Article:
More than 22,000 people are now on a waiting list to see a neurologist, an increase of 40pc over the past five years, according to a new report from the Neurological Alliance of Ireland.
The (NAI), a national umbrella group for organisations representing people with neurological conditions like dementia and Parkinson’s disease, said the demand for a first-time appointment to see a neurologist has spiralled since 2015 with 22,649 people now waiting for an appointment compared to 13,529 in 2015.
With a population that will age exponentially over the next decade on top of around 800,000 people in Ireland currently living with a neurological condition, it is urging the Government to act now to address what is says are “critical gaps in multidisciplinary staffing in neurology services”.
According to its latest report ‘Neurology Resourcing in Ireland, Five Years On’ published today, all 12 neurology centres across the country are all understaffed, with less than half (44pc) of the number of clinical nurse specialists needed.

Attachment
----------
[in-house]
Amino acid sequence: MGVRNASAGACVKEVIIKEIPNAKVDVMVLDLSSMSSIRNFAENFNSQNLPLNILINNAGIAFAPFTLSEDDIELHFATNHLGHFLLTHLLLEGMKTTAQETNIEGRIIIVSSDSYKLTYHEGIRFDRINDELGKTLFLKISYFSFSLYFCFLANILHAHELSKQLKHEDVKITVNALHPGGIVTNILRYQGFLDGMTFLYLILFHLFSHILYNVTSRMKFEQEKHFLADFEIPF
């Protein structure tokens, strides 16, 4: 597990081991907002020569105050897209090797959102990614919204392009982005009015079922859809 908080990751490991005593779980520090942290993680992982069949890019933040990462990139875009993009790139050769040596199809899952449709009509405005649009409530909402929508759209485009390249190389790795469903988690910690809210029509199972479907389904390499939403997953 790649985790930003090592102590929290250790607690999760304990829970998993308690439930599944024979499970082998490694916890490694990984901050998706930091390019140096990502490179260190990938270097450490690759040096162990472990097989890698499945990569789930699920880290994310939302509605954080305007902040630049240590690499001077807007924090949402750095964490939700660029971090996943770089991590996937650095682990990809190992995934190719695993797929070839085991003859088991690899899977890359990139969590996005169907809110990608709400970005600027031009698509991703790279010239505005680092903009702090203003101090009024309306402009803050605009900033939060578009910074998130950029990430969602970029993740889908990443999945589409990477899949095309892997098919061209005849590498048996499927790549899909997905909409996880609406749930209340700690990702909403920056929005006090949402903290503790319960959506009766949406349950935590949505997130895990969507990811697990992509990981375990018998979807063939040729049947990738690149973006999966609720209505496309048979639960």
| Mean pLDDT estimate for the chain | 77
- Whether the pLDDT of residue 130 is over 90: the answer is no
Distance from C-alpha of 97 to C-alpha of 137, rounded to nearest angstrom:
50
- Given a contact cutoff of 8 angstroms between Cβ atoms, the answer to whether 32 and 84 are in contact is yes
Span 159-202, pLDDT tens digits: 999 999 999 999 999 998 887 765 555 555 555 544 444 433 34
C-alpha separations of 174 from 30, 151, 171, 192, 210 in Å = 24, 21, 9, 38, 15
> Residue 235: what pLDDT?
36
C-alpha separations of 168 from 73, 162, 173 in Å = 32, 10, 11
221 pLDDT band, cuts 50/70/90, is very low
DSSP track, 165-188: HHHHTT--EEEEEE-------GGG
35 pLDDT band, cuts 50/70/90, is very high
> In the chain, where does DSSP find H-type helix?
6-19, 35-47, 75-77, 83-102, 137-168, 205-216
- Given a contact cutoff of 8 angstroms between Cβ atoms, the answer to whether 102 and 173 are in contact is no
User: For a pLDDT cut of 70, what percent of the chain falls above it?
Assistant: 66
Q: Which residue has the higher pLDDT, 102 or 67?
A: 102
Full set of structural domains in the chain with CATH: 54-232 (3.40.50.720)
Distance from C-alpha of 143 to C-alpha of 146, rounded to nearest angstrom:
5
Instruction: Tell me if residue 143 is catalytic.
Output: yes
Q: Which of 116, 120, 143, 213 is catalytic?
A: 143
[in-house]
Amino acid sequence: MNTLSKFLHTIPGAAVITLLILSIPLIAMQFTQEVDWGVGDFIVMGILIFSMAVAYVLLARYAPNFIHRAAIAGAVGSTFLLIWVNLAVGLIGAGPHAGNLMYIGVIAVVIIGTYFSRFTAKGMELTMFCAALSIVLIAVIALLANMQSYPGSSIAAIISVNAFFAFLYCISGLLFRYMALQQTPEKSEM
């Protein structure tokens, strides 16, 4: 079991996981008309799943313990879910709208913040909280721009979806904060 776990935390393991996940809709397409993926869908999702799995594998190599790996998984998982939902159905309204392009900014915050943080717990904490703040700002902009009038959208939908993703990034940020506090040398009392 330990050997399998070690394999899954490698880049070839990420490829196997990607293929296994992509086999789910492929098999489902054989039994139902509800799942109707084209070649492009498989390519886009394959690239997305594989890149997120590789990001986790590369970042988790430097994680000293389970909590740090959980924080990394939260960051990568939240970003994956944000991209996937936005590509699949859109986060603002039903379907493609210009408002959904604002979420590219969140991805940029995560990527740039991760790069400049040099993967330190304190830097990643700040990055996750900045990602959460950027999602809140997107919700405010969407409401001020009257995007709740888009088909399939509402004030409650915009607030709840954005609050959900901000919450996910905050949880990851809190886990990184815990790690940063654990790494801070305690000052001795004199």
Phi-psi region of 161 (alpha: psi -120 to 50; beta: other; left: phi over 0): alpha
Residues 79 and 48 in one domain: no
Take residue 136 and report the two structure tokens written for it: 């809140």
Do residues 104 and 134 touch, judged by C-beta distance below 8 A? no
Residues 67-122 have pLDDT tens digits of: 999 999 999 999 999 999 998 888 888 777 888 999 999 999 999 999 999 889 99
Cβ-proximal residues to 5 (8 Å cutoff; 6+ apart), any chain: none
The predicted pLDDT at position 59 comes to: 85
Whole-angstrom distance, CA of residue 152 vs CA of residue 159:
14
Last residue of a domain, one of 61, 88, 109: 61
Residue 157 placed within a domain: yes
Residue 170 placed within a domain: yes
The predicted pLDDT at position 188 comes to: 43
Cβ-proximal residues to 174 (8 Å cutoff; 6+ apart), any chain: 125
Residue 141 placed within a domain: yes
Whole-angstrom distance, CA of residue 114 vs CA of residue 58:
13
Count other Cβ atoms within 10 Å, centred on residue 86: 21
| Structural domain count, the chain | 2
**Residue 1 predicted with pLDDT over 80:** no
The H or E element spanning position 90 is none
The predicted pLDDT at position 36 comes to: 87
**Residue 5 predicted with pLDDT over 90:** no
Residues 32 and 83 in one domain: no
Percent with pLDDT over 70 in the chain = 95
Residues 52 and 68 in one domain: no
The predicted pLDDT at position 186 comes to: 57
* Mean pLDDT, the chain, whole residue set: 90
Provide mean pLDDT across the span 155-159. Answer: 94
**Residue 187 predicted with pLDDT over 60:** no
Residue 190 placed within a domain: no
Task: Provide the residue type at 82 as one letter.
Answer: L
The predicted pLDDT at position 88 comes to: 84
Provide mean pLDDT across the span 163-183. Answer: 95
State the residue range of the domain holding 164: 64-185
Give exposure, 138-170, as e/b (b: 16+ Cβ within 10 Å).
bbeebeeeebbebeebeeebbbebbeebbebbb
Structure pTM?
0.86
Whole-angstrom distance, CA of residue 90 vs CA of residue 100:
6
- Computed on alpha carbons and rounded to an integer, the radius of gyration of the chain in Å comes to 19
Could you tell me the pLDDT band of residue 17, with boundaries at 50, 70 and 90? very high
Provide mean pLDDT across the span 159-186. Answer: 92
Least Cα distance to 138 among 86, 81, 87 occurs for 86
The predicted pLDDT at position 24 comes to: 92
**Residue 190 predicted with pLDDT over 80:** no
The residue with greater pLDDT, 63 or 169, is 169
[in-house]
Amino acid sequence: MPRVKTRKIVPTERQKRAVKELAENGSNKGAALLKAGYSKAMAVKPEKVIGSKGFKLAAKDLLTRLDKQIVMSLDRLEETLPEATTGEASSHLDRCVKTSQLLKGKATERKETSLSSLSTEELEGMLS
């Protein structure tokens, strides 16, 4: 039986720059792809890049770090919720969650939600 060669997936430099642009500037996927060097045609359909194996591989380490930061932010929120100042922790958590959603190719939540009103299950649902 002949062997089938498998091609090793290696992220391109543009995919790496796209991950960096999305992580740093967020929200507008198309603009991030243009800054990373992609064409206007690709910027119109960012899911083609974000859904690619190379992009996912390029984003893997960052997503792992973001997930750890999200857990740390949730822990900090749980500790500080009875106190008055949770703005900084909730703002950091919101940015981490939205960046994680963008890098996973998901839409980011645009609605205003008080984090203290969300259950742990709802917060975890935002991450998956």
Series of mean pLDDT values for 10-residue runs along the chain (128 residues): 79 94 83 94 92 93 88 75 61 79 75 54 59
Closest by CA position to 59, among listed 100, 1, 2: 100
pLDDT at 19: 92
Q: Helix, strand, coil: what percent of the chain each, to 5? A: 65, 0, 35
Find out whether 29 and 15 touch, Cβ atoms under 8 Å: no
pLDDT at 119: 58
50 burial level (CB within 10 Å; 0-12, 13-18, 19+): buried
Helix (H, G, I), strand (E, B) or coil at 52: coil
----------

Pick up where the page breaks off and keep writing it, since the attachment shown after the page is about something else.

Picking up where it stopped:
It is ultimately the patients and their families who will suffer, according to NAI executive director Magdalen Rogers.
“There are 800,000 people living in Ireland with a neurological condition. The lack of commitment to address serious gaps in staffing continues to impact significantly on outcomes for neurology patients.
“For example, we know that expanding and developing the role of clinical nurse specialists is the future of neurology services in Ireland. They streamline patient care and play a vital part in educating patients and families about specific neurological disorders. In many cases, they prevent unnecessary hospital admissions. We have 44pc of what is required.”
The report also found that rehabilitation services for neurology patients have deteriorated further since 2015.